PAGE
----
This article is an attempt to understand Isaac Bashevis Singer's blatant preoccupation in his stories with offensive and outrageous characters and actions that can simply be defined as vulgar. It is best exemplified in stories that depict a recurring theme in his fiction: the expulsion of the female outcast from and by her patriarchal community. Even though the vulgar characteristics of these female outcasts were construed by several Yiddish-speaking intellectuals as an assault both on Jewish women and on Yiddish language and culture, Singer's stories utilize their vulgar style and crude content as a direct attack on the Jewish Maskilim and their twentieth-century successors. This essay discusses his short story "Di makhsheyfeh" ("The Witch") from a feminist perspective, specifically in accordance with Julia Kristeva's theorization of the abject, in order to address Bella Zilberstein (the witch) as an allegorical affirmation of the same vulgar qualities that were projected upon Yiddish since the formation of the Haskalah movement in the eighteenth century. In identifying Yiddish as an abject source of shame on behalf of modernized Jews, Singer deliberately creates an "ugly" story about an "ugly" character. "Di makhsheyfeh" and its outright vulgarity will therefore be discussed both as a critique of the self-destructing delusion of modern Jews in their assimilatory ambitions, and as a celebration of Yiddish folklore characteristics, a passionate embrace of its irrational and "disgraceful" virtues.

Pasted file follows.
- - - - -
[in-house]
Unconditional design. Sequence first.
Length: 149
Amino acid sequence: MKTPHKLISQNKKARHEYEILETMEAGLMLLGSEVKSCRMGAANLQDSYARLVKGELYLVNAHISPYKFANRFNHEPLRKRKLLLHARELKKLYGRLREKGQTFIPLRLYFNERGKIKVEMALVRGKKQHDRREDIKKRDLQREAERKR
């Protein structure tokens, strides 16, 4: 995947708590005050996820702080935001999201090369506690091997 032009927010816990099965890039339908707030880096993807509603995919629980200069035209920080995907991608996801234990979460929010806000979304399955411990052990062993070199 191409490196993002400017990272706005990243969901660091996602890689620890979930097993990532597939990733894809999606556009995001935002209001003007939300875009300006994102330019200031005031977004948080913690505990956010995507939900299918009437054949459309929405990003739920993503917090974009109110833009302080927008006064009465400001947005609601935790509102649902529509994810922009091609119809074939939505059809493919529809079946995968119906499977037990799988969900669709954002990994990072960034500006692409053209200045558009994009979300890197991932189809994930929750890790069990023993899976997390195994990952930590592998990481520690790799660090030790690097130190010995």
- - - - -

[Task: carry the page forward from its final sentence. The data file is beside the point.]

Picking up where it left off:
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pp. 86-101
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